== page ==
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Call for Birth Short Stories

Posted on Sep 4, 2011 in Birth Stories, Birthing | 5 comments

Call for Birth Short Stories

I love reading birth stories but sometimes I find them a little long. As someone who is still writing my 6 month old’s birth story, I recognize that it’s often really hard to decide what details to put in. How much back story is necessary? Which twists and turns in the story need to be put in? How many TMI details do I feel comfortable sharing? For the person telling the story, it is all gloriously relevant. Every action, reaction, in-action, every word, every intervention, every moment…it all coalesced into the birth experience of that mama. As a means of documenting a life-changing event it is understandable that mama wants to get all of it down. Not to mention, some of the back story or early seemingly insignificant events take on meaning as the story progresses, explaining why things were done or not done. I’ve read a lot of birth stories and I see how they change depending on the audience. The ones posted on forums within days of the birth are heavy on the details, plot point after plot point, this happened and then this happened. The ones I’ve read in Mothering magazine may have less details and more dialogue, more thoughtful reflection, more arc. It occurred to me that a shorter birth story forces you to really boil it down to the salient details. What stood out for you from that birth? Was it the time of day? The way the room looked, the shadows on the wall? Was it the care you received? The interventions you either asked for or refused? Was it the person who held your hand? Was it the baby’s gender? Or the baby’s health? If you had to tell your story in 100 words or less, what would you feel was absolutely vital to share? So I’m putting out the call. I want to hear your stories. I want to hear the most important parts of your birth stories, the parts that resonate with you right now, in this moment – because certainly the details that matter now might be totally different than the ones that mattered in the first days postpartum, or that will matter when your baby is 20. The Rules: Your story must be 100 words or less. I will not post stories that are 101 words or more. I will email you back and ask you to shorten them. I realize that this is a totally random arbitrary number but it gives us a framework so I’m going with it. You can do whatever you want in those 100 words. It can be a poem, it can be a paragraph, it can be point form, it can be a haiku. It can rhyme, it can be complete sentences or it can be fragments. As long as you put whatever matters to you in that story. If you choose to give it a title, the title will not be included in the word count. You can submit more than one story. Send one for every birth if you like. Or if you want to, you can write more than one about a single birth as long as you are clear that they are describing the same birth and you were interested in comparing points of view, exploring multifaceted emotions. My hope is that each one can stand on its own. I’m not interested in multiple short stories that just continue the same story; I don’t want a mini-series. If you write more than one about the same birth, please add a note indicating that both stories are for a single birth and I will post them together. You may include 1 picture with each story. Send your stories to aaronandalison@gmail.com by September 30, 2011 at midnight PST. Please add your name as you would like it to appear and the link to your blog, twitter or facebook pages if you want me to post them. Depending on how many I receive I will begin posting 5 each day starting October 1, 2011. I reserve the right to change the...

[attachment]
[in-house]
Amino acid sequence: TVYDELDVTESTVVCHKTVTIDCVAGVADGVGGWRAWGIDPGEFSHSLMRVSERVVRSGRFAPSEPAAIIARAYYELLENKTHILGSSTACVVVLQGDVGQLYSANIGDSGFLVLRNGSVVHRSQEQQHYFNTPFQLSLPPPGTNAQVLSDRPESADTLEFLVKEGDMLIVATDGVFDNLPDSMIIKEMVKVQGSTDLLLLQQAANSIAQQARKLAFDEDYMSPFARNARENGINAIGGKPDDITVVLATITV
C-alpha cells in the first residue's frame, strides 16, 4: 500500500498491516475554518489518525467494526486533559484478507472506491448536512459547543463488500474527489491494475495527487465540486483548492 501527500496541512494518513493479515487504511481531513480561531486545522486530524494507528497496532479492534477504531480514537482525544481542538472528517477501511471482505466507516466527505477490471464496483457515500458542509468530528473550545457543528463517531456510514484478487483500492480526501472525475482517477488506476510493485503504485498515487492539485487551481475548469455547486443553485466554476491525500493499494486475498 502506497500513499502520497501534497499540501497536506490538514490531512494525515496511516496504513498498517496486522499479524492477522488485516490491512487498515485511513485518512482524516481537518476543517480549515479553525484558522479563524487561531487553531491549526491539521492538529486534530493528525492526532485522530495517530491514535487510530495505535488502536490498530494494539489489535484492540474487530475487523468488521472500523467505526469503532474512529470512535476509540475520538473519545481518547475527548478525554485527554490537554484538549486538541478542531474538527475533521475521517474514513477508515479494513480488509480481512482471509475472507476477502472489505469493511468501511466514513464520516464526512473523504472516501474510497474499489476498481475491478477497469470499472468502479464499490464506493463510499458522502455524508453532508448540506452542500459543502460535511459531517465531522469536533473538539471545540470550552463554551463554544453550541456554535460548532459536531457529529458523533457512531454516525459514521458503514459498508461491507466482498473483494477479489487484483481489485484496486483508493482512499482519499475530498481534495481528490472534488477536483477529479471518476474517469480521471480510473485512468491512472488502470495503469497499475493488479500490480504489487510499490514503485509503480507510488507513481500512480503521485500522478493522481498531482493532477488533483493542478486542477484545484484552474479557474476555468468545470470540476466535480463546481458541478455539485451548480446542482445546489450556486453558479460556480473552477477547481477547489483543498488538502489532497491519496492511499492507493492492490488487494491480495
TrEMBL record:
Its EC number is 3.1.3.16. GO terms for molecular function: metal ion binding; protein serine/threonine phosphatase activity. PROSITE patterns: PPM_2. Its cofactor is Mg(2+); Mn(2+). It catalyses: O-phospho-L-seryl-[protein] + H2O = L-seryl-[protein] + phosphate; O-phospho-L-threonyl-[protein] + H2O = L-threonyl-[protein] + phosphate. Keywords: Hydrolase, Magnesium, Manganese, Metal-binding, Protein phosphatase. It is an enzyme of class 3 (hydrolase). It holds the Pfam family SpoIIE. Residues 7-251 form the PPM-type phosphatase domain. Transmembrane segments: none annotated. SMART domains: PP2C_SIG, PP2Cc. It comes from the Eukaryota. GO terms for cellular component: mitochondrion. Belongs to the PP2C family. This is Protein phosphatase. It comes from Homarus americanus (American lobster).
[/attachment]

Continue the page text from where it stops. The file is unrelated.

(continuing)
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International Day of the Midwife